Summer is generally a time for escape. For confirmation, look at the typical line-up for movie goers. Action/Adventure films are generally released in the summer while serious Oscar contenders are released towards year-end. Barnes and Noble will greet you with shelves full of brain candy moving the more serious works of literature towards the back.
I can’t say I wasn’t a little concerned when my copy of Dope: A History of Performance Enhancement in Sports from the Nineteenth Century to Today arrived. I am a big fan of the author, Dan Rosen and his blog so I knew it would be well researched and well written. Would my brain be ready? Would it come off like a medical textbook?
I put the book aside until the Tour was over. Not for any of the above concerns but I was enjoying the Tour and did not want to be reminded of the darker side of the sport. So it waited until the Monday after Carlos Sastre crossed the line in Paris.
What I found was an engaging story that took me through the history of doping in sports. All sports, not just cycling. Some of the stories, I knew some I didn’t. Throughout, Dan told me enough science to allow me to understand the story. Never more.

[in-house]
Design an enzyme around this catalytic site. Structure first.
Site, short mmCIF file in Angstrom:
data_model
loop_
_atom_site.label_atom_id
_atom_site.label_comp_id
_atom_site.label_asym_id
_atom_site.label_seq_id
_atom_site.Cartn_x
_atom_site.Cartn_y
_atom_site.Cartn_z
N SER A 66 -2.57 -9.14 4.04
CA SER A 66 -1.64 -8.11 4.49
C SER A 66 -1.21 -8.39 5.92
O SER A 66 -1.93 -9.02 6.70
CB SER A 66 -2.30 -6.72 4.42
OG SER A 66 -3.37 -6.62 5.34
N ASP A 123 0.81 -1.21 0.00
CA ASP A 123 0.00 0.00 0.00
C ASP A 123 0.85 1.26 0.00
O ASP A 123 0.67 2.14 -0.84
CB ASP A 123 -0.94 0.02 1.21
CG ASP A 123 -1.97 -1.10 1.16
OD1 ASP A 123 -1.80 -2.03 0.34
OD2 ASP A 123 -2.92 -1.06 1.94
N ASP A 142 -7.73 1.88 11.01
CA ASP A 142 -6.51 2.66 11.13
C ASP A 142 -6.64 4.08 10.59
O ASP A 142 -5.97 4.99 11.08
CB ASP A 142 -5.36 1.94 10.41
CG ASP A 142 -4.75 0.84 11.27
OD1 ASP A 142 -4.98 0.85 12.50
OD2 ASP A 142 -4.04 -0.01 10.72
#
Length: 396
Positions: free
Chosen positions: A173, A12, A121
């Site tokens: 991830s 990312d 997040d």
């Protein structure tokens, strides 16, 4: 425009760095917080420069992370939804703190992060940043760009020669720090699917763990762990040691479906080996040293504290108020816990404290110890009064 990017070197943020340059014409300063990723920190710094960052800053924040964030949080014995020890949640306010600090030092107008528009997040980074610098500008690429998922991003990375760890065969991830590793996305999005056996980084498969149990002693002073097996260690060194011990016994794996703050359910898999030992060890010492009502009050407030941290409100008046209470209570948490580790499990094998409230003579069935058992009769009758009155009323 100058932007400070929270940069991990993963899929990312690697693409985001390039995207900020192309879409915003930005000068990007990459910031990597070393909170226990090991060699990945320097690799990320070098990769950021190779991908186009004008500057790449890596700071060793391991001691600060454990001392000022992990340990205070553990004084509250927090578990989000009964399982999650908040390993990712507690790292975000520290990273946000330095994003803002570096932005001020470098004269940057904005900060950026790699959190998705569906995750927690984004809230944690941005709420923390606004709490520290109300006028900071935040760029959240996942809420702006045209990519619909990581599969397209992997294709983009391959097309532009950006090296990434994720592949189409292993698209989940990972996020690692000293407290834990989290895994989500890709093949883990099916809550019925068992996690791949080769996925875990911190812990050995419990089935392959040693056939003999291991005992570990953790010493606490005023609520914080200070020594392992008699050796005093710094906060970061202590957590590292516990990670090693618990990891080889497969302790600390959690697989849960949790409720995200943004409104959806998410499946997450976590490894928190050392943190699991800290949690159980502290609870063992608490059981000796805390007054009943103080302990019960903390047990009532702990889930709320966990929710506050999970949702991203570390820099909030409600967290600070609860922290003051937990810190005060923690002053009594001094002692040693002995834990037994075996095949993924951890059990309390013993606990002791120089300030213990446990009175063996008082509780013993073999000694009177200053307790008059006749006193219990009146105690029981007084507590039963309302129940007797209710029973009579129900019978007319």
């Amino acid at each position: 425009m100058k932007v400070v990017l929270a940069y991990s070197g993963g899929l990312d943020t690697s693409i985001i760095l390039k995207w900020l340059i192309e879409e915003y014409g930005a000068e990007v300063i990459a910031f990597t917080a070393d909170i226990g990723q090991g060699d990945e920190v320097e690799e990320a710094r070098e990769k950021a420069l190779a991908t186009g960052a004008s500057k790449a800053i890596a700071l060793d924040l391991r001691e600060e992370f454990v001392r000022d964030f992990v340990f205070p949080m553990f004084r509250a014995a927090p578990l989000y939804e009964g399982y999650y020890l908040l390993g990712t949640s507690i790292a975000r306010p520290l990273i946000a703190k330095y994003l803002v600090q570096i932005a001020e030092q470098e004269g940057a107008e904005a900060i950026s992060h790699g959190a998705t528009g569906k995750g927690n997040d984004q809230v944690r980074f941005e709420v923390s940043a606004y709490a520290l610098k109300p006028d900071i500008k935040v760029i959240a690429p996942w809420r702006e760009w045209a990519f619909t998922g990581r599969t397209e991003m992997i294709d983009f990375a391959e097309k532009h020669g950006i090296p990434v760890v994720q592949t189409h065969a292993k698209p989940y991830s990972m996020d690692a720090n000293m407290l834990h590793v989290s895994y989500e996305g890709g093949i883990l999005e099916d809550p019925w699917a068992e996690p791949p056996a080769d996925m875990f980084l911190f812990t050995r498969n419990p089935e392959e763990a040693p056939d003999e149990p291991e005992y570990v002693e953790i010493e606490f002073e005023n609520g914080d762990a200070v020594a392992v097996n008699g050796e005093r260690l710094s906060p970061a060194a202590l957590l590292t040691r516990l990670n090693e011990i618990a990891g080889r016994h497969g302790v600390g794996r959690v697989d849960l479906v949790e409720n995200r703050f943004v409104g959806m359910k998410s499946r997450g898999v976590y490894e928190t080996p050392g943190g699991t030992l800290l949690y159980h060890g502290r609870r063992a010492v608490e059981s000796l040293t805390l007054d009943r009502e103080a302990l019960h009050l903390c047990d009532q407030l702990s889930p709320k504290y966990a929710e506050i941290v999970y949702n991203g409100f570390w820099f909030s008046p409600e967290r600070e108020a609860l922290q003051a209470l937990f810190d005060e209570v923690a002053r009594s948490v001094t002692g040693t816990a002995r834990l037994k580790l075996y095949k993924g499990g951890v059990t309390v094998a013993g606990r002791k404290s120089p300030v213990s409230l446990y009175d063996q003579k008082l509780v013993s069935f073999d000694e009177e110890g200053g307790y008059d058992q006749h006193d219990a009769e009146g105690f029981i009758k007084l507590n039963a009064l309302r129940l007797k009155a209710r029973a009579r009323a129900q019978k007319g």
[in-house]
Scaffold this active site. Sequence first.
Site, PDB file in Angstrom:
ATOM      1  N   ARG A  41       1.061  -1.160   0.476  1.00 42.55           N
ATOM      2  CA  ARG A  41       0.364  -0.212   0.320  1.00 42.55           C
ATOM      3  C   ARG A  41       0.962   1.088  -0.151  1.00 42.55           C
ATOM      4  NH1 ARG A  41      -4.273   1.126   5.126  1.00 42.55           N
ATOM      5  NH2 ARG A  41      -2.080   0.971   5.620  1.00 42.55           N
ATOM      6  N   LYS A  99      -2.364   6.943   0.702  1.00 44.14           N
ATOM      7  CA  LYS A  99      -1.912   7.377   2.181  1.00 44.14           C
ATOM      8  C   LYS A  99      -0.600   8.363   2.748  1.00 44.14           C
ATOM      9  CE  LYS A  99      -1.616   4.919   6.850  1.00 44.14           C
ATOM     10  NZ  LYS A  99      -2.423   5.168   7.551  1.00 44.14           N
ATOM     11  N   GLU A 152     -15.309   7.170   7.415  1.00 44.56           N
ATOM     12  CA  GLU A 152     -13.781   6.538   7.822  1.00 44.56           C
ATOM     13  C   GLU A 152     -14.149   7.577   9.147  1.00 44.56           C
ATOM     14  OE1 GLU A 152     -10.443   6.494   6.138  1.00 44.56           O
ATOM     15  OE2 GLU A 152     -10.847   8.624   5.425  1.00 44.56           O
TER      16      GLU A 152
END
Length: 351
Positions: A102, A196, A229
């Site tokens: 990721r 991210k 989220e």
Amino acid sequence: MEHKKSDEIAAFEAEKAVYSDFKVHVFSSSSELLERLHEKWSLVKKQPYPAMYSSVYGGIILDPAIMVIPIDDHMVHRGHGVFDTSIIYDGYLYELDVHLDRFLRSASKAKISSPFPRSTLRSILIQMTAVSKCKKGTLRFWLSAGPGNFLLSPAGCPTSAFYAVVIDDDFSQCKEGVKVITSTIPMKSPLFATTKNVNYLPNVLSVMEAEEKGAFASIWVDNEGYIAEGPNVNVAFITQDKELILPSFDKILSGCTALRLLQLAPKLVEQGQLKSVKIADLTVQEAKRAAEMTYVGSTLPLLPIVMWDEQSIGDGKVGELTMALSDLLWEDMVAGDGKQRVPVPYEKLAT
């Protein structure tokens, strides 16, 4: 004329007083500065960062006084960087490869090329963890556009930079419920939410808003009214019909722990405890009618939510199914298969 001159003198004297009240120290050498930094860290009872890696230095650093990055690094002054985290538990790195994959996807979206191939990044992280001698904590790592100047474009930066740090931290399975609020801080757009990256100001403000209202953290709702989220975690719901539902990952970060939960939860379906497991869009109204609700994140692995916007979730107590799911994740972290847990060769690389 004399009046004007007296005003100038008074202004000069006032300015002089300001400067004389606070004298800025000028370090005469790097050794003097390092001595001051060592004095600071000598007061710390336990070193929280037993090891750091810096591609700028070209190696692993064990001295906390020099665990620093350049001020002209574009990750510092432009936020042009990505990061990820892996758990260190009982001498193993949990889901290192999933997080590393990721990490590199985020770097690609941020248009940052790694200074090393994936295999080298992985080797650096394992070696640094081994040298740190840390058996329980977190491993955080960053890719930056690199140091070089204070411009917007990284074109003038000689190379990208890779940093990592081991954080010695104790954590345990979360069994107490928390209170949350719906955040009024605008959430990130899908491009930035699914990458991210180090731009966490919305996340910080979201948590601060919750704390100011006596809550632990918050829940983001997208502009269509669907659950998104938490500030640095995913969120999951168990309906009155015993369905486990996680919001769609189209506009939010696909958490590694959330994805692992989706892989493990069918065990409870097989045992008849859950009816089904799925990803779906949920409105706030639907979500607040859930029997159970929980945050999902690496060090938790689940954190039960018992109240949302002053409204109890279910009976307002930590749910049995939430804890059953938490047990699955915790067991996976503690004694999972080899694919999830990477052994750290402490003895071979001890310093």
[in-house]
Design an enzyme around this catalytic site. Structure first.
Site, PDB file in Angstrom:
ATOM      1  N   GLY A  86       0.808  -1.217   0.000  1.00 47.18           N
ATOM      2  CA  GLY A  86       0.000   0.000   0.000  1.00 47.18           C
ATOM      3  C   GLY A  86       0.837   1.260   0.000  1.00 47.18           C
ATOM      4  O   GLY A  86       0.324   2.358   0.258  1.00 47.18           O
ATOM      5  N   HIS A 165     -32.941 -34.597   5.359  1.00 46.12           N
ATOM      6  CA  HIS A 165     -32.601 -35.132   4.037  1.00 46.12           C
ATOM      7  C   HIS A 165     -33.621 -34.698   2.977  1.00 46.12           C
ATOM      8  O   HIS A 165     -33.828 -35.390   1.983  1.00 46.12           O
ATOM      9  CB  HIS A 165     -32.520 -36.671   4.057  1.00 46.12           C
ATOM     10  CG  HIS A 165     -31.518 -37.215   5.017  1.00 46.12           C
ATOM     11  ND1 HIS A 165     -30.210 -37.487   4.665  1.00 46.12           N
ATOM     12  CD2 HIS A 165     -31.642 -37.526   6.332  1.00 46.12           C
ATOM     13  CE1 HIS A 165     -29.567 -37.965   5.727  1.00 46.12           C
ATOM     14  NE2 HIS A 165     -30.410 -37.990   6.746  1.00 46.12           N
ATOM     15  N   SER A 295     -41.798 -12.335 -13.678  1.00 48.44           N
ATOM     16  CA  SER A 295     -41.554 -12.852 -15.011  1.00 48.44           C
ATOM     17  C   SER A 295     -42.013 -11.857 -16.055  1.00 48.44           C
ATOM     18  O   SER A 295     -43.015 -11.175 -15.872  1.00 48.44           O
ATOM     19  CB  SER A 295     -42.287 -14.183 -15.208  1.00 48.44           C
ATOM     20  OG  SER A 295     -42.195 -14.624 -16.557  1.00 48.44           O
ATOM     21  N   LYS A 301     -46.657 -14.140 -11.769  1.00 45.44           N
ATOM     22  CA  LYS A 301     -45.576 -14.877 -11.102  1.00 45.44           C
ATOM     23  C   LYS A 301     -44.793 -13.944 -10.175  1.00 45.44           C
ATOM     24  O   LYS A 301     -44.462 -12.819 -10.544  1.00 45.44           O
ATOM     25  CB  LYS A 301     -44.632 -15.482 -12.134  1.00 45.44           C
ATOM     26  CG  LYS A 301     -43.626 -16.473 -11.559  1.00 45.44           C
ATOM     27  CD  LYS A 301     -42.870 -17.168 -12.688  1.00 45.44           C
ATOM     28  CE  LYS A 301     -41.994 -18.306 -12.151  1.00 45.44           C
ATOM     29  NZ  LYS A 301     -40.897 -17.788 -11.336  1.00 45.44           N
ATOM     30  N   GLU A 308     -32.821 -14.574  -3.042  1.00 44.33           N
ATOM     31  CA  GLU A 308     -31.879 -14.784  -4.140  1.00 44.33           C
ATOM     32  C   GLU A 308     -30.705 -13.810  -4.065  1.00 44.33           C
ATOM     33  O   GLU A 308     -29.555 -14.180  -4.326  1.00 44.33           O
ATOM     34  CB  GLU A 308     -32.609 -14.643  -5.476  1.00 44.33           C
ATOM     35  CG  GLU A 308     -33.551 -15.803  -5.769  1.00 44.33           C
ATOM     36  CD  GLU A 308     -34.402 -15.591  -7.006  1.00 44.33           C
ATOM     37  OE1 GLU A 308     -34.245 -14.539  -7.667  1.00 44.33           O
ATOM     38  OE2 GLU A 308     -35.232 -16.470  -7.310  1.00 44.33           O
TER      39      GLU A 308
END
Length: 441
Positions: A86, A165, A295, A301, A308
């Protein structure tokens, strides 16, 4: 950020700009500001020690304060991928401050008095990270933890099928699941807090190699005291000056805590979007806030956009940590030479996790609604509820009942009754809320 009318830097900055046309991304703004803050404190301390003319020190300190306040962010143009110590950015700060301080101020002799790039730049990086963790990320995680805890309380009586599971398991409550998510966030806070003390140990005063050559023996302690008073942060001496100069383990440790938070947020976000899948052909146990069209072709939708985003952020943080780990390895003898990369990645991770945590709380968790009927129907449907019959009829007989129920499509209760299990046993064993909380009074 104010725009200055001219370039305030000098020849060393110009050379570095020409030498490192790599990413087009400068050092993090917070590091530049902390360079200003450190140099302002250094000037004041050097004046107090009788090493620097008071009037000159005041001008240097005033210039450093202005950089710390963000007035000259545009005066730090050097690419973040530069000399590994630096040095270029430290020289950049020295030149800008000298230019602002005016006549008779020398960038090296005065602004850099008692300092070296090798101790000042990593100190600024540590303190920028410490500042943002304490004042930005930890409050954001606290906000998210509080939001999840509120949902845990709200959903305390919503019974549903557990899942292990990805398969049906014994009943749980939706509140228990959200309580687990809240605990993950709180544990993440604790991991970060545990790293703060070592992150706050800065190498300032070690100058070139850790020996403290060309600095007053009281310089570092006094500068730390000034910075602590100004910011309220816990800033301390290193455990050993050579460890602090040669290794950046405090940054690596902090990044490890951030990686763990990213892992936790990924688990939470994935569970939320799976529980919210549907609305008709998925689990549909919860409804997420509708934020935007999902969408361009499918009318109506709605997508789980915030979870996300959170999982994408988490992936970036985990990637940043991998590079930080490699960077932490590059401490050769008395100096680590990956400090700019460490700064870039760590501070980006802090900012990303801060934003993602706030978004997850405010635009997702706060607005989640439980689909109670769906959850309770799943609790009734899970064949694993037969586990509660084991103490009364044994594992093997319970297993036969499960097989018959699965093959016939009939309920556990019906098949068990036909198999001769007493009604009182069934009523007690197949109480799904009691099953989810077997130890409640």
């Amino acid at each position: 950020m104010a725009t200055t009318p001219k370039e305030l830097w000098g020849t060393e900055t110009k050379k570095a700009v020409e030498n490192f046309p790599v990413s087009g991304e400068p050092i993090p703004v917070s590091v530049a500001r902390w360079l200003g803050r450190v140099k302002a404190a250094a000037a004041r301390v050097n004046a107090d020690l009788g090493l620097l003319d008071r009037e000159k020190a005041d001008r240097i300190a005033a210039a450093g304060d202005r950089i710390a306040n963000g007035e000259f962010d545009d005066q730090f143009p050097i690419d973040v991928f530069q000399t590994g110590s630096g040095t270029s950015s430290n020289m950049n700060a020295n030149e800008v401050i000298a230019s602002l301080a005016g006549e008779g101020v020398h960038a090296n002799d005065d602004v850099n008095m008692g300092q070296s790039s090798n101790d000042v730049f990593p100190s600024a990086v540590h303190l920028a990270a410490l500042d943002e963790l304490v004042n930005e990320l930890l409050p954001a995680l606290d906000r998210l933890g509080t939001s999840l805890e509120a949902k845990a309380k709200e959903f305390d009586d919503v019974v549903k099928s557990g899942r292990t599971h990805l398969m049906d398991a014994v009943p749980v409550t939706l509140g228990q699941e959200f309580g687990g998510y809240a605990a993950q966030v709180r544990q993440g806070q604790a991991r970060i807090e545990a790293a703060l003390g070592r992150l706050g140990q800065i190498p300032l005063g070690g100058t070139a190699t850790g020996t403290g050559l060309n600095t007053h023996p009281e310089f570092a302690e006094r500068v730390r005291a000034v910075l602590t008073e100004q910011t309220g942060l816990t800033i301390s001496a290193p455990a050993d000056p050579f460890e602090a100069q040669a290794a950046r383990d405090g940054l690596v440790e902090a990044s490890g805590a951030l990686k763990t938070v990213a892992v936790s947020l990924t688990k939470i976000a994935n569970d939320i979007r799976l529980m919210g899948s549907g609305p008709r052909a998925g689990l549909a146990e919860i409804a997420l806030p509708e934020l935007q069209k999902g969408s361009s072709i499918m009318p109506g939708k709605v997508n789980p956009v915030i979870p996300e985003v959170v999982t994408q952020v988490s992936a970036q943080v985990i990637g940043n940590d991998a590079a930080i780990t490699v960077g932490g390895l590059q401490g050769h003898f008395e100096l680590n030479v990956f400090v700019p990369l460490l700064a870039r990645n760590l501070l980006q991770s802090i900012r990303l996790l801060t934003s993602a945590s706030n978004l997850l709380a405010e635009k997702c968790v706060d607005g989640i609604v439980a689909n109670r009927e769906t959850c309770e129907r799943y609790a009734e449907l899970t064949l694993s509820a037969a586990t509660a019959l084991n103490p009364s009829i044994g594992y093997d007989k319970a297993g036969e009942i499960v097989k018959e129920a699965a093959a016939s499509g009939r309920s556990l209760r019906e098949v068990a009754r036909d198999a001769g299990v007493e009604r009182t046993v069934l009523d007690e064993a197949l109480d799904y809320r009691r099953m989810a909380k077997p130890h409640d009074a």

Dan shows us how doping was originally encouraged by governments and governing bodies. Even as testing came into play, official counter measures were put into place to circumvent the tests. As the war raged on, governing entities turned a blind eye to any practices in the ultimate “Don’t ask Don’t Tell” policy. Finally, most organizations have taken up the fight. What is more astonishing is how recently we have come from empty platitudes against doping to where we sit today.
Dan tells us all this in a non-judgmental manner that allows us to form our own opinions. Heck, even Dick Pound has his good points. The story is well told and well documented.
Forgetting what I said at the beginning of this post, I actually feel the timing is great as the Summer Olympics are upon us and we are already seeing reports of altered passports of gymnasts and other formalized slights of hand that tells me we still have a long way to go.
This book is a must read for any sports fan, not just cyclists. If you enjoy professional sports, Olympic sports, or just fair play, you will not be disappointed in the time spent reading Dope. My only negative is Dan used a photo of my pecs for the cover of his book without my permission.